Figure 1. 1H-15N HSQC spectra (Kay, 1995) for fresh 1 mM samples of (A) acid-denatured (pH 2.0), and (B) acid/urea-denatured (pH 2.7, 6M urea) CspA at 20◦C. Residues 5–13, 18–23, 30–33, 50–56 and 63–69 which make up the five strands ofβ-sheet in the native protein (Schindelin et al., 1994), are selectively broadened with increasing protein concentrations. The first threeβ-strands show the largest effect. In the presence of urea (B), peaks are uniformly sharp as evidenced by the resolved3JHNHαsplittings in the F2 dimension.
To facilitate NMR assignments we made avail of the fact that aggregation of the acid-denatured protein is suppressed in 6M urea. The 1H-15N resonances of the acid-, and acid/urea-denatured proteins are in fast exchange so that a titration in 1M urea increments enabled us to correlate chemical shifts between the two sets of conditions (Figure 1). We then took ad-vantage of the excellent 3D HNCACB data for the protein under strongly denaturing conditions (pH 2.7, 6M urea), to aid in the interpretation of 3D HNCACB data obtained under milder denaturing conditions (pH 2.0). Similar strategies might be of general use in studies of denatured proteins, when NMR spectra are complicated by line broadening due to aggregation or chemical exchange.
Extent of assignments and data deposition
Backbone1HN,1Hα,15N assignments were obtained for all residues except Met1, Ser2, Pro23, and Pro62. Cα assignments were obtained for 96% of residues; Cβ, Hβ, and other side chain proton assignments for 95%, 92%, 48% of residues, respectively. Assign-ments have been deposited in the BioMagResBank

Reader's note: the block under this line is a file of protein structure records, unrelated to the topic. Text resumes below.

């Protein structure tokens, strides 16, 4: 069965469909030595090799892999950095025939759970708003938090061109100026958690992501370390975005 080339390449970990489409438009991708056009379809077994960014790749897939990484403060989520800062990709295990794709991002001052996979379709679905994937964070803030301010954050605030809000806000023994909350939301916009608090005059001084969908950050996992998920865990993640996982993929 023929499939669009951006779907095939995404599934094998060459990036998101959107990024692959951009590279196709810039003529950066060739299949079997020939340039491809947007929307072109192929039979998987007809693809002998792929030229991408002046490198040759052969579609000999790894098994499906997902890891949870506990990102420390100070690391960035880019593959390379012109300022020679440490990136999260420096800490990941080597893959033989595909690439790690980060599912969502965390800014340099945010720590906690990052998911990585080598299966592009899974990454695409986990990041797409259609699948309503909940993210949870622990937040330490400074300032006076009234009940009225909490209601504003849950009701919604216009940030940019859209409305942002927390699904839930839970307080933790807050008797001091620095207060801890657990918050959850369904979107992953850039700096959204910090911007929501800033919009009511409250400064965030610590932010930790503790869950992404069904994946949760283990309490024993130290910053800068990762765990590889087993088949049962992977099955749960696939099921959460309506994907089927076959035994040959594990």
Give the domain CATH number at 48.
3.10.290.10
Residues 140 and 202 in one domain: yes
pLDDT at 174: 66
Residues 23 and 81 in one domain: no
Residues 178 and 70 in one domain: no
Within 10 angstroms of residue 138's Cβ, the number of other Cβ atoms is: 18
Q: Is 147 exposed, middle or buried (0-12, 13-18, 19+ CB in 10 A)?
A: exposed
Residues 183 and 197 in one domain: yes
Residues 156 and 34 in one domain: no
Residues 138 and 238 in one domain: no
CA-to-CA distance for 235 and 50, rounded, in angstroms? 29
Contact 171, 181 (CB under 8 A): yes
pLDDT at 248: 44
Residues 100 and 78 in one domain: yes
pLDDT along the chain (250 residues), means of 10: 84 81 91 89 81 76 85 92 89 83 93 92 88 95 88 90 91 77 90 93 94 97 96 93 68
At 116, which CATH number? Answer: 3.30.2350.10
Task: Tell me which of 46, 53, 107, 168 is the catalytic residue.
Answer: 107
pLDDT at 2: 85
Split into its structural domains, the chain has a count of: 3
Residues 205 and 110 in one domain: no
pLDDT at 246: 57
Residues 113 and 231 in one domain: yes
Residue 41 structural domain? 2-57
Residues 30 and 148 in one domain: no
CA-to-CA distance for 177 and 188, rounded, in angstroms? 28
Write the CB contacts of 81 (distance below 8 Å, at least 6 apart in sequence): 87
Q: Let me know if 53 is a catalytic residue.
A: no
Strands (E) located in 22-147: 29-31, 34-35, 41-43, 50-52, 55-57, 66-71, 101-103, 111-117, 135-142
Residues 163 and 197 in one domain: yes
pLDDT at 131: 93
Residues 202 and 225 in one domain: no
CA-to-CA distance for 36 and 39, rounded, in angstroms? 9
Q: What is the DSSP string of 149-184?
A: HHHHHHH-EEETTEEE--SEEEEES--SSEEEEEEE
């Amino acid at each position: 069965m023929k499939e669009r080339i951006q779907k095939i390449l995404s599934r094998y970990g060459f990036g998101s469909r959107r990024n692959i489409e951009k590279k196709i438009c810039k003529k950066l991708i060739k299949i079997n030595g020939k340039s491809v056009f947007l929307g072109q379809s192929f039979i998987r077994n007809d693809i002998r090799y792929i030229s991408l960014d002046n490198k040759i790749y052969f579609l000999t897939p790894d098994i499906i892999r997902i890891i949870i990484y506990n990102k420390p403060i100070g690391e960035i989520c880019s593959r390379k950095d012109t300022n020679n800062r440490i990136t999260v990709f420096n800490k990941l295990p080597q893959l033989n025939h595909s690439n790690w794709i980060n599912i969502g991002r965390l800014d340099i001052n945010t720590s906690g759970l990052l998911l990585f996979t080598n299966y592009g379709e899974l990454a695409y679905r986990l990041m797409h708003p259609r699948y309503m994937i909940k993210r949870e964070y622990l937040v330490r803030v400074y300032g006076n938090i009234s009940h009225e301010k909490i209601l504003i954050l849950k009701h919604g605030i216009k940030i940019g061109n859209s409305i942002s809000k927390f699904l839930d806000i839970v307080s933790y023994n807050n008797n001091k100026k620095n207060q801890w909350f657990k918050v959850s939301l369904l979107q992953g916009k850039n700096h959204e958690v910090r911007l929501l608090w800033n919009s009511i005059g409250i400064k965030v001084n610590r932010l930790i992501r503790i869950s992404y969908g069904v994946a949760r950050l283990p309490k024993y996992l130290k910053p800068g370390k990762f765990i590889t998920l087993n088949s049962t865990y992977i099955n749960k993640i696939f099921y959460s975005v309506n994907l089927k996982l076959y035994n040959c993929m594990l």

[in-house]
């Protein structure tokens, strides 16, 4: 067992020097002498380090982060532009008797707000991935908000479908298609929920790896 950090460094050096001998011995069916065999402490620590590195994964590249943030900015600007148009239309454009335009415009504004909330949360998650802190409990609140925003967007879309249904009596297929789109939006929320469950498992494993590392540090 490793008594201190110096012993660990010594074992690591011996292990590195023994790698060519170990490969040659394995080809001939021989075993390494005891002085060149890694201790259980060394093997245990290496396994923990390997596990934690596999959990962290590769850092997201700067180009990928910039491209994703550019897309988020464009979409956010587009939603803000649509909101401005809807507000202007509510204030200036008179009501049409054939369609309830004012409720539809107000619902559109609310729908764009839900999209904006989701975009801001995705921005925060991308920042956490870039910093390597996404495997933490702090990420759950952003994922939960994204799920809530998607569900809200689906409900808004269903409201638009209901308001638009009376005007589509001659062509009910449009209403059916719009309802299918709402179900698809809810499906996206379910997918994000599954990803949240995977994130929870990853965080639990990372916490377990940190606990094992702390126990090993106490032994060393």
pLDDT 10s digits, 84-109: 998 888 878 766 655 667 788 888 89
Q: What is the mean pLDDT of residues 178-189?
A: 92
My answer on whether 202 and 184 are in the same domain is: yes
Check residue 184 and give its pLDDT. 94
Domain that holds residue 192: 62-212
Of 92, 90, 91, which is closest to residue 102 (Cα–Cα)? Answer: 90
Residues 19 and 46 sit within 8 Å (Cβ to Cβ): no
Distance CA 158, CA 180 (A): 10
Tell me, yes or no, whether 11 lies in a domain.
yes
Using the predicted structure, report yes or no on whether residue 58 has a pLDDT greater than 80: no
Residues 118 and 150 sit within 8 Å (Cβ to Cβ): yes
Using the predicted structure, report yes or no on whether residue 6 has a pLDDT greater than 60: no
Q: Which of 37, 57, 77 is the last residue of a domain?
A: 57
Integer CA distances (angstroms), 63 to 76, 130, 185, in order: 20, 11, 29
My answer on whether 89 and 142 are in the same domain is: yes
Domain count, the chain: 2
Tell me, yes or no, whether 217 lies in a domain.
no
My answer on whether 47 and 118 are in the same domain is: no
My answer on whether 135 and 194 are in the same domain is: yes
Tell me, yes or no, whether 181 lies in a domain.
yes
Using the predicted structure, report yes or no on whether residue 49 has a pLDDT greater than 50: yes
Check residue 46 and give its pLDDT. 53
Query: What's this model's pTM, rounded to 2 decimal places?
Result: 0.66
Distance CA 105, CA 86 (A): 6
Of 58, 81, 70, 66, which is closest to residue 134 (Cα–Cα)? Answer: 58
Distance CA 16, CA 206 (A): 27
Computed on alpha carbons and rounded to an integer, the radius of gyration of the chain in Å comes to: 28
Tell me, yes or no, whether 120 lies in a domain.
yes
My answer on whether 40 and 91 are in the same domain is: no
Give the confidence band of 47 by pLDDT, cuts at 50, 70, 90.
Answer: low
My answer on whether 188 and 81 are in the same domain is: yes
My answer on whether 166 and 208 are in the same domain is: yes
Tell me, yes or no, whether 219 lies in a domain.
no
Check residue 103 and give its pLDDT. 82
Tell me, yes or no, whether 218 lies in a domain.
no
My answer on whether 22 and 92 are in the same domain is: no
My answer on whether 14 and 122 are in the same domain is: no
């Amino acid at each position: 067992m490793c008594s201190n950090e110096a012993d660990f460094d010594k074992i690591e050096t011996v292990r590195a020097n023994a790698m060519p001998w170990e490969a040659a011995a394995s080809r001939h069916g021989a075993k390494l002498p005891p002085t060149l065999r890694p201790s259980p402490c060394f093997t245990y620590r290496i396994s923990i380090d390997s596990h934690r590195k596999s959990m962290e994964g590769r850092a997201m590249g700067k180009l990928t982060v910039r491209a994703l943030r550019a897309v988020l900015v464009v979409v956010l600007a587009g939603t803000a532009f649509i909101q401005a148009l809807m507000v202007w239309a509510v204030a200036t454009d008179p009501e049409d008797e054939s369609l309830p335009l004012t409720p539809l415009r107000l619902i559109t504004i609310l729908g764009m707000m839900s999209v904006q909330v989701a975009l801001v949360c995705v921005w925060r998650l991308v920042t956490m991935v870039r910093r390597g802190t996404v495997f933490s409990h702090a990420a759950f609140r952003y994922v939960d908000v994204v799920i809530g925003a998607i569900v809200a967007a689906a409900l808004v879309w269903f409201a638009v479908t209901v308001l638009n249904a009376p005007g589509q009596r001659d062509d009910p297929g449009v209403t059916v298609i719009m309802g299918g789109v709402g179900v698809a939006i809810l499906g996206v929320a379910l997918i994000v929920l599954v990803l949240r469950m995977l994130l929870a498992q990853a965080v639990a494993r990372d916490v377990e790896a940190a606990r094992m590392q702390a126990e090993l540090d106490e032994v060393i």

(http://www.bmrb.wisc.edu) under accession numbers 4107 and 4108.
We thank Dr. W. Jahnke (Physics, Novartis AG) for sharing pulse sequences. The pET11-cspA plasmid en-coding the gene for CspA was a gift from Prof. M. Inouye (Rutgers University). Supported by Swiss NF grant 31-43091.95 to A.T.A.
Alexandrescu, A.T., Jahnke, W., Wiltscheck, R. and Blommers, M.J.J. (1996) J. Mol. Biol., 260, 570–587.
Chatterjee, S., Jiang, W., Emerson, S.D. and Inouye, M. (1993) J.
Biochem., 114, 663–669.
Commans, S., Plateau, P., Blanquet S. and Dardel, F. (1995) J. Mol.
Biol., 253, 100–113.
Kay, L.E. (1995) Prog. Biophys. Mol. Biol., 63, 277–299. Murzin, A.G. (1993) EMBO J., 12, 861–867.
Serpersu, E.H., Shortle, D. and Mildvan, A.S. (1986) Biochemistry,
Schindelin, H., Jiang, W., Inouye, M. and Heinemann, U. (1994)
Proc. Natl. Acad. Sci. USA, 91, 5119–5123.